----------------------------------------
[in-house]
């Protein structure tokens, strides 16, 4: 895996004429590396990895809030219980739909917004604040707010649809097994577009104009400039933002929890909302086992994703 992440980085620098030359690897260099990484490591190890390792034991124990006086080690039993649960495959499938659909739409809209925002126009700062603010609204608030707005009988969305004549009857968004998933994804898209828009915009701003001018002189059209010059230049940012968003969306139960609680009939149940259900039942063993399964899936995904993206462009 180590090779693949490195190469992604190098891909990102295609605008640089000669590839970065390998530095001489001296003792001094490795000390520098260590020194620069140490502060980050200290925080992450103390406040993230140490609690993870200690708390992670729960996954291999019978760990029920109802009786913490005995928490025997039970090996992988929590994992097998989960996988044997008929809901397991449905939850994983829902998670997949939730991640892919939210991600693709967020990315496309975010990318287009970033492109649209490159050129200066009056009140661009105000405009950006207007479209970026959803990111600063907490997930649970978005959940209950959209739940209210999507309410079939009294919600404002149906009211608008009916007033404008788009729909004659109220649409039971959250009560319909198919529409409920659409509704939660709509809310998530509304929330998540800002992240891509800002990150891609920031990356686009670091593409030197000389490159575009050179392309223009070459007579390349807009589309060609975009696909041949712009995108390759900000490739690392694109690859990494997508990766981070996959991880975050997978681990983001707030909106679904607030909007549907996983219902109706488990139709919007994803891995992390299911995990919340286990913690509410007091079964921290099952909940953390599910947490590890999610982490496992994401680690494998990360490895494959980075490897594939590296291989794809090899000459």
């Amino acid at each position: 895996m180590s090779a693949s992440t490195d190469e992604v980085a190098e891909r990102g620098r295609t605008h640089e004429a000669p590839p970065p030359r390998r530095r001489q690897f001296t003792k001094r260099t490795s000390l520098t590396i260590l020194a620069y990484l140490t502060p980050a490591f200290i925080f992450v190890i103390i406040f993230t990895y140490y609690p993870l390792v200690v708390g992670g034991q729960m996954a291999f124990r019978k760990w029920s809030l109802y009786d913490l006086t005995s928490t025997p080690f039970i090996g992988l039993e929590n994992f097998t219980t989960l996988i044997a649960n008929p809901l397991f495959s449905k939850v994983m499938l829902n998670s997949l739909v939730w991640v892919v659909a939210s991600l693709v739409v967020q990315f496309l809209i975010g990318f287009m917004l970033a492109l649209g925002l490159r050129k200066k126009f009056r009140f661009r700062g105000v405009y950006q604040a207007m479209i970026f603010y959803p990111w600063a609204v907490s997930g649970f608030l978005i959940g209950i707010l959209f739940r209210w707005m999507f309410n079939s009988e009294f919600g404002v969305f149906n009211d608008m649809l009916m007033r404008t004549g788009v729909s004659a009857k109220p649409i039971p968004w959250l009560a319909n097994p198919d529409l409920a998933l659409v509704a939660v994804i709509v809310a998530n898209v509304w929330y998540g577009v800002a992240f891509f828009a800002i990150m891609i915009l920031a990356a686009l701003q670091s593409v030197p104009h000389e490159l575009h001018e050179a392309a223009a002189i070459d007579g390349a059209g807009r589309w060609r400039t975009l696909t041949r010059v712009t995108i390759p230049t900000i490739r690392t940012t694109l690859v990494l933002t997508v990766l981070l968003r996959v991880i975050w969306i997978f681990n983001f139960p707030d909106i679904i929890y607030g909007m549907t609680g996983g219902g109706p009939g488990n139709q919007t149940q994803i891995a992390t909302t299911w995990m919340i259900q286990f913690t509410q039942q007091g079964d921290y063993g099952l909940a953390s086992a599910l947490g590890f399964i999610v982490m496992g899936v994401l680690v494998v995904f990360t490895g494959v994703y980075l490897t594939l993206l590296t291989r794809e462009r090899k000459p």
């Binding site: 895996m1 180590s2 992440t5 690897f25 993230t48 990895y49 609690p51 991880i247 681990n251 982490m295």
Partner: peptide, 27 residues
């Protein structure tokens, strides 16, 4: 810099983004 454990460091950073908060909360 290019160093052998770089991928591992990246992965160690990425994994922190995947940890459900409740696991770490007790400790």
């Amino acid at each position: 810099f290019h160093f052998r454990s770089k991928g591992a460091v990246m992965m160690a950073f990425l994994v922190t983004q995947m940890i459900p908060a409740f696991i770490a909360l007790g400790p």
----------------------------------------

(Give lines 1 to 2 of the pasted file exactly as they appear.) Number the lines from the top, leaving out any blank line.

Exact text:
[in-house]
């Protein structure tokens, strides 16, 4: 895996004429590396990895809030219980739909917004604040707010649809097994577009104009400039933002929890909302086992994703 992440980085620098030359690897260099990484490591190890390792034991124990006086080690039993649960495959499938659909739409809209925002126009700062603010609204608030707005009988969305004549009857968004998933994804898209828009915009701003001018002189059209010059230049940012968003969306139960609680009939149940259900039942063993399964899936995904993206462009 180590090779693949490195190469992604190098891909990102295609605008640089000669590839970065390998530095001489001296003792001094490795000390520098260590020194620069140490502060980050200290925080992450103390406040993230140490609690993870200690708390992670729960996954291999019978760990029920109802009786913490005995928490025997039970090996992988929590994992097998989960996988044997008929809901397991449905939850994983829902998670997949939730991640892919939210991600693709967020990315496309975010990318287009970033492109649209490159050129200066009056009140661009105000405009950006207007479209970026959803990111600063907490997930649970978005959940209950959209739940209210999507309410079939009294919600404002149906009211608008009916007033404008788009729909004659109220649409039971959250009560319909198919529409409920659409509704939660709509809310998530509304929330998540800002992240891509800002990150891609920031990356686009670091593409030197000389490159575009050179392309223009070459007579390349807009589309060609975009696909041949712009995108390759900000490739690392694109690859990494997508990766981070996959991880975050997978681990983001707030909106679904607030909007549907996983219902109706488990139709919007994803891995992390299911995990919340286990913690509410007091079964921290099952909940953390599910947490590890999610982490496992994401680690494998990360490895494959980075490897594939590296291989794809090899000459």